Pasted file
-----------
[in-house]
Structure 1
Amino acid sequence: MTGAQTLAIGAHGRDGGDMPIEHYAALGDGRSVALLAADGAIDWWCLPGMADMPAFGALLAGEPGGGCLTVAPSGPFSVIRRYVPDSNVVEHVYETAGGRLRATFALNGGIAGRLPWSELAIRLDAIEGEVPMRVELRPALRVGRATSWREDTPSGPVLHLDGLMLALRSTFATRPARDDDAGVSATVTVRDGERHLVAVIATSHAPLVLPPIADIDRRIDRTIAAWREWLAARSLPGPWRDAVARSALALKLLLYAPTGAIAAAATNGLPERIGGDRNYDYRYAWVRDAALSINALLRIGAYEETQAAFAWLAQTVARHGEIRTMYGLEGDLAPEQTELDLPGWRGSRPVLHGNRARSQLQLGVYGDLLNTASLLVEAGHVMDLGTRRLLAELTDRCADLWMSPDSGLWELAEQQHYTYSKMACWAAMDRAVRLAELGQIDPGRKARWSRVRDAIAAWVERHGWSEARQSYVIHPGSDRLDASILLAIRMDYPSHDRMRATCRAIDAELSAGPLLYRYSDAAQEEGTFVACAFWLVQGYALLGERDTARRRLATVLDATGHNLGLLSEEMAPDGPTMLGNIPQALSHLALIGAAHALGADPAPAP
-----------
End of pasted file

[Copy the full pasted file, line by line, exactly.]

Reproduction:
[in-house]
Structure 1
Amino acid sequence: MTGAQTLAIGAHGRDGGDMPIEHYAALGDGRSVALLAADGAIDWWCLPGMADMPAFGALLAGEPGGGCLTVAPSGPFSVIRRYVPDSNVVEHVYETAGGRLRATFALNGGIAGRLPWSELAIRLDAIEGEVPMRVELRPALRVGRATSWREDTPSGPVLHLDGLMLALRSTFATRPARDDDAGVSATVTVRDGERHLVAVIATSHAPLVLPPIADIDRRIDRTIAAWREWLAARSLPGPWRDAVARSALALKLLLYAPTGAIAAAATNGLPERIGGDRNYDYRYAWVRDAALSINALLRIGAYEETQAAFAWLAQTVARHGEIRTMYGLEGDLAPEQTELDLPGWRGSRPVLHGNRARSQLQLGVYGDLLNTASLLVEAGHVMDLGTRRLLAELTDRCADLWMSPDSGLWELAEQQHYTYSKMACWAAMDRAVRLAELGQIDPGRKARWSRVRDAIAAWVERHGWSEARQSYVIHPGSDRLDASILLAIRMDYPSHDRMRATCRAIDAELSAGPLLYRYSDAAQEEGTFVACAFWLVQGYALLGERDTARRRLATVLDATGHNLGLLSEEMAPDGPTMLGNIPQALSHLALIGAAHALGADPAPAP